Italian Social Marketing Network Newsletter 156

 


Powered by Scoop.it

Background: The aim of the study is the application of the techniques and tools of social marketing to improve the awareness about HIV transmission and encourage young students between the age of 18 and30 to access at HIV testing given that 85% of new diagnosis in 2016 may be attributed to unprotected sex (Italian National Health Service ISS-2016). The number of young people that take the test is low, making the risk of late presenters much higher; for that reason a survey was addressed to a sample of 200 Alma Mater Studiorum students.
Material and methods: To realize the project’s goal we implemented a “Social Marketing Plan” in order to stimulate changes in the approach to the issue and induce changes in individual behavior; but there are still many barriers facing the achievement of this goal from lack perception of the risk and the stigma that the illness carries with it. To implement the study we planned a partnership with the “Plus Association” given their expertise in the execution of the “fast HIV test “and counselling in the “Blq Checkpoint Center” that was chosen as reference point for the students.The center is easily accessible by our target, guarantee the execution of the “fast HIV test” and counseling in a welcoming environment out of the hospital but in connection with the hospital for the “second level” assessments and treatments. Once the strategy was outlined, the next step was to reach the target, both, online and offline. Social networks were the “pillar” for
online promotion, must of all Facebook and the “testatHiv page” through which we shared “information pills” about prevention in formats easily to absorb. Moreover, the “TestatHiv page” was the promoter of the offline work; this consisted in face to face interviews with students between 19 and 30,who were asked the knew the difference between AIDS and HIV, the ways of transmission and if they had ever taken the test. The goal
of interviews was the highlighting of the poor knowledge about the issue, influence behaviors and stimulatestudents to go to the “BLQ  CheckPoint Center” and get tested. Most of the students interviewed showed a lack of knowledge about the prevention issue; the 73.3% of the students had never taken the test.
Results and Conclusions: Thanks to our initiative and the overtime opening of the “BLQ Checkpoint Center“to make easier access during the “European Testing Week”, 61 students under the age of 30 went to the “BLQ Checkpoint Center” to take the HIV test (29 heterosexuals and 32 homosexuals). The great increment
of accesses that went much further the “European Testing Week” showed that this Social Marketing Strategy is successful and can produce positive cognitive and behavioral changes in this specific target group.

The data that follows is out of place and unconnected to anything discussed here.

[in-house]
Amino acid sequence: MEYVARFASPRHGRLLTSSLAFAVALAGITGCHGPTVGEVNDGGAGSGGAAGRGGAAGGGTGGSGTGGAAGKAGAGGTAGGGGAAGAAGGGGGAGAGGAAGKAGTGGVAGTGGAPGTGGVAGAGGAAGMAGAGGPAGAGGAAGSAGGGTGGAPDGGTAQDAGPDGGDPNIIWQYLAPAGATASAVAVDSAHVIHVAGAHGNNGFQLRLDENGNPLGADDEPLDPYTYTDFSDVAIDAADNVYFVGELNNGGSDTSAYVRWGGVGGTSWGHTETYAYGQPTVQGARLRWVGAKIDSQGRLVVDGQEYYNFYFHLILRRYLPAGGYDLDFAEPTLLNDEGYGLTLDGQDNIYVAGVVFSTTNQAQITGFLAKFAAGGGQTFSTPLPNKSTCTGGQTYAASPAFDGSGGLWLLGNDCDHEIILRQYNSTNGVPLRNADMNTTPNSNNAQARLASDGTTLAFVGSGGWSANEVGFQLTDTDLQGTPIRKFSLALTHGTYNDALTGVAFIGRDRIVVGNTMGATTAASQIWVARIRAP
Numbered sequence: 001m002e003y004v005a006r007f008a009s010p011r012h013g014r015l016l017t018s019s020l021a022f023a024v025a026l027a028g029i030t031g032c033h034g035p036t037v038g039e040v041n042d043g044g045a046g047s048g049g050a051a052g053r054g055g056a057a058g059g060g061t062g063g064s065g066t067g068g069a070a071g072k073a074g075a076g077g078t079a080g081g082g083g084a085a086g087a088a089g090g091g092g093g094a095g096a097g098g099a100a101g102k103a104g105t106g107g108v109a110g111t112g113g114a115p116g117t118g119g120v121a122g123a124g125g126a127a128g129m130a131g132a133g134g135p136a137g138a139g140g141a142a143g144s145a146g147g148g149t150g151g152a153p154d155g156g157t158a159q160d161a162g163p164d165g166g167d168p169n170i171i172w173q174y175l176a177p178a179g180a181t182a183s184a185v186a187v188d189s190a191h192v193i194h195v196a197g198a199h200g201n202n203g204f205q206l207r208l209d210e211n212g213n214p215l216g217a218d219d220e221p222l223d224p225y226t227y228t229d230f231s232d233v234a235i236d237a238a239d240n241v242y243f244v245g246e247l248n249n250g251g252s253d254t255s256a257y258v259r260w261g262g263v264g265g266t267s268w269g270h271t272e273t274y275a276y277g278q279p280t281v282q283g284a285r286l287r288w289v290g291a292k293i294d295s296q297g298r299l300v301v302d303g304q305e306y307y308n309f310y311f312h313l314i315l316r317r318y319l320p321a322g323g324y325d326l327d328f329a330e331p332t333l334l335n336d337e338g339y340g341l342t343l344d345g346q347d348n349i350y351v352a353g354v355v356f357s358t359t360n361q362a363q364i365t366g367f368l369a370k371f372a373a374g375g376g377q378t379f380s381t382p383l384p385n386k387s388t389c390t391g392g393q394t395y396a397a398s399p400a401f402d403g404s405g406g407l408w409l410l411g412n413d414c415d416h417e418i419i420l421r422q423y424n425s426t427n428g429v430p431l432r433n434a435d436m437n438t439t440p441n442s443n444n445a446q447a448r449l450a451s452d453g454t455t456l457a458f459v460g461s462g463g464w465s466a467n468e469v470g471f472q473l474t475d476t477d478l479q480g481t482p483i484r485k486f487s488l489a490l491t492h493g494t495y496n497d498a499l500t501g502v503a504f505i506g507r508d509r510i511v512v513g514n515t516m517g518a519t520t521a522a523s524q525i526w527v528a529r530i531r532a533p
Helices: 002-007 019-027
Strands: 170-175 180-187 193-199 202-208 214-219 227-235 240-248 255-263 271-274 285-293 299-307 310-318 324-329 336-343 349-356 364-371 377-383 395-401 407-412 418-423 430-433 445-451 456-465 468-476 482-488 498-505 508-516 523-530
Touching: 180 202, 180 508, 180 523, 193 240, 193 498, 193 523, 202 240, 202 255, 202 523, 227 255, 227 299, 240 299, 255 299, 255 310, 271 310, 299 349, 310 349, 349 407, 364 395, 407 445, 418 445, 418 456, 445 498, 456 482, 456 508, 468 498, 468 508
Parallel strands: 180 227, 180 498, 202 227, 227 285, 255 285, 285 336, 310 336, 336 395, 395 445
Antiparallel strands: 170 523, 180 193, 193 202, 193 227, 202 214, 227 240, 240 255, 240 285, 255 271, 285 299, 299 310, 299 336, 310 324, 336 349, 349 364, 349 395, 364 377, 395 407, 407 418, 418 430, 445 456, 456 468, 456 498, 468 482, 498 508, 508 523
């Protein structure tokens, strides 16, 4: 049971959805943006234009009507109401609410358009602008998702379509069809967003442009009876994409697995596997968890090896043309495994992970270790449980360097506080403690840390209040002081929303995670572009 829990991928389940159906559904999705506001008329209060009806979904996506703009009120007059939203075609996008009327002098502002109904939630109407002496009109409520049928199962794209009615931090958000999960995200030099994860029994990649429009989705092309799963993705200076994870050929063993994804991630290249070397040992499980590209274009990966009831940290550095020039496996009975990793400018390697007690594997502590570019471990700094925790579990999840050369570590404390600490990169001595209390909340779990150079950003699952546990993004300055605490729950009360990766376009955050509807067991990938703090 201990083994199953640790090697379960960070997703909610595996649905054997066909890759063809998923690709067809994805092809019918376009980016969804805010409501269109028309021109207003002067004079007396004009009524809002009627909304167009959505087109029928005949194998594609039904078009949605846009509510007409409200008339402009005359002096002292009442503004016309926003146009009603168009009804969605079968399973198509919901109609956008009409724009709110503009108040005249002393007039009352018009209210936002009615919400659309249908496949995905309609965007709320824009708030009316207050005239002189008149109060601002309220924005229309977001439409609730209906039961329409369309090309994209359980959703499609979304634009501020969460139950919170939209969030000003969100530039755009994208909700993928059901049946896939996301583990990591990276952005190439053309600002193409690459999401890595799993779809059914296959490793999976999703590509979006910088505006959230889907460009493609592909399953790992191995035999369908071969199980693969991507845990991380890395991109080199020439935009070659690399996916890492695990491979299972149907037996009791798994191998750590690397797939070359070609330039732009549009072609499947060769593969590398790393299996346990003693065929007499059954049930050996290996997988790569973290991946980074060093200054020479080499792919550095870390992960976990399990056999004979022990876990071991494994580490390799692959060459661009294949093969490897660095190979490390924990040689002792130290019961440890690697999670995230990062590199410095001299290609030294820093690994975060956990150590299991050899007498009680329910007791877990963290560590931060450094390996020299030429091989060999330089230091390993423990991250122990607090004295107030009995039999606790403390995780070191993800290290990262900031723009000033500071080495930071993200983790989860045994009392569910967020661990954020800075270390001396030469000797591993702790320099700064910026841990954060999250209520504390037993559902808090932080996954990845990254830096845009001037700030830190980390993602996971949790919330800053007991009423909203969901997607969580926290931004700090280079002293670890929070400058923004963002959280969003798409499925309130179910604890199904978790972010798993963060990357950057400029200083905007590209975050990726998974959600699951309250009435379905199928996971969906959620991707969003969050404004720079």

A recent Fortune article on big data in healthcare quoted Dr. Brennan Spiegel, a physician-scientist at Cedars-Sinai Medical Center as saying, “Digital health is not a computer science or an engineering science; it’s a social science and a behavioral science,” in the context of a discussion on the hype-evidence gap in digital health. He tweeted the same line back in August, eliciting hundreds of retweets and shares.
Spiegel has cited his own failure experience from attempting to build health technology whilst not addressing behavioral factors like patient motivation, engagement, and long-term adherence. He has elaborated, “Creating the tech isn’t the hard part. The hard part is using the tech to change patient behavior.“ As behavioral scientists, we are encouraged to see increasing value placed on behavioral science in a space that has generally been a slow adopter of it—after all, chief behavioral officers in digital health companies are still unicorns.
Come per Uber nel campo dei taxi, le innovazioni Uber-like in sanità mettono a nudo l’incapacità e il ritardo del sistema – e soprattutto dei professionisti – nel venire incontro alle legittime esigenze degli utenti. Perché è così difficile contattare il proprio medico telefonicamente? Perché non è possibile comunicare con lui via email o via skype? Perché fare una coda e perdere mezza giornata per la banale ripetizione di una ricetta? Organizzazioni più attente all’innovazione – guarda caso diffuse proprio nei pressi della Silicon Valley, cioè in California – come Kaiser Permanente da anni hanno introdotto modalità di rapporto tra medici e pazienti più dirette e più comode, basate sull’uso delle tecnologie e di internet4. …Ma la medaglia di queste innovazioni ha l’altra faccia, assai meno amichevole e rassicurante. Quella della polverizzazione dell’offerta sanitaria in un caotico mercato sanitario, dove il basso prezzo delle prestazioni ha come corrispettivo il basso salario, talora lo sfruttamento, dei professionisti, dove overdiagnosis e overtreatment sono quasi sempre la regola, dove la qualità non è quasi mai controllata, dove si possono facilmente annidare frodi e abusi.